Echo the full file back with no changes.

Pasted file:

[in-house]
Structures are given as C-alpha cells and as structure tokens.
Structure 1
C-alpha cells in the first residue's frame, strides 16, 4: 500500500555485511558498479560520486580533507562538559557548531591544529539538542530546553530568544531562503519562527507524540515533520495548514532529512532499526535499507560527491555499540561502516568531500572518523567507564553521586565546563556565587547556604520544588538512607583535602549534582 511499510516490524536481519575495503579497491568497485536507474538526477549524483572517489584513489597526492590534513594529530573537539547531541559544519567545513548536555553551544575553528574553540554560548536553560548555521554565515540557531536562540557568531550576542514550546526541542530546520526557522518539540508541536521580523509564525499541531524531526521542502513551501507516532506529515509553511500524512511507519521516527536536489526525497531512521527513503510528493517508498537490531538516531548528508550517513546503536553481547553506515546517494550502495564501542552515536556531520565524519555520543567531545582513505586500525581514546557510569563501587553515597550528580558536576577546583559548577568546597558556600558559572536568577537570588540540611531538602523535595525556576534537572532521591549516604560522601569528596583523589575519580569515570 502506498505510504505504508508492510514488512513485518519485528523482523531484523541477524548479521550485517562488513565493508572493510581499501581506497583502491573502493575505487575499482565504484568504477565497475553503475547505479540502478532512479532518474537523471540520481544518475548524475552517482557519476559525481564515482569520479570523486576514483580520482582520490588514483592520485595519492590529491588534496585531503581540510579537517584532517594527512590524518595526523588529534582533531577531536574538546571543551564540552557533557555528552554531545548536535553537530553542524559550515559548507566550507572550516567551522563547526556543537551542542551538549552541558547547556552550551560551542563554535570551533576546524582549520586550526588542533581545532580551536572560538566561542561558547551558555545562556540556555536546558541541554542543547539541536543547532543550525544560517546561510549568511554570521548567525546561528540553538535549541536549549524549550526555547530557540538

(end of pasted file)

[in-house]
Structures are given as C-alpha cells and as structure tokens.
Structure 1
C-alpha cells in the first residue's frame, strides 16, 4: 500500500555485511558498479560520486580533507562538559557548531591544529539538542530546553530568544531562503519562527507524540515533520495548514532529512532499526535499507560527491555499540561502516568531500572518523567507564553521586565546563556565587547556604520544588538512607583535602549534582 511499510516490524536481519575495503579497491568497485536507474538526477549524483572517489584513489597526492590534513594529530573537539547531541559544519567545513548536555553551544575553528574553540554560548536553560548555521554565515540557531536562540557568531550576542514550546526541542530546520526557522518539540508541536521580523509564525499541531524531526521542502513551501507516532506529515509553511500524512511507519521516527536536489526525497531512521527513503510528493517508498537490531538516531548528508550517513546503536553481547553506515546517494550502495564501542552515536556531520565524519555520543567531545582513505586500525581514546557510569563501587553515597550528580558536576577546583559548577568546597558556600558559572536568577537570588540540611531538602523535595525556576534537572532521591549516604560522601569528596583523589575519580569515570 502506498505510504505504508508492510514488512513485518519485528523482523531484523541477524548479521550485517562488513565493508572493510581499501581506497583502491573502493575505487575499482565504484568504477565497475553503475547505479540502478532512479532518474537523471540520481544518475548524475552517482557519476559525481564515482569520479570523486576514483580520482582520490588514483592520485595519492590529491588534496585531503581540510579537517584532517594527512590524518595526523588529534582533531577531536574538546571543551564540552557533557555528552554531545548536535553537530553542524559550515559548507566550507572550516567551522563547526556543537551542542551538549552541558547547556552550551560551542563554535570551533576546524582549520586550526588542533581545532580551536572560538566561542561558547551558555545562556540556555536546558541541554542543547539541536543547532543550525544560517546561510549568511554570521548567525546561528540553538535549541536549549524549550526555547530557540538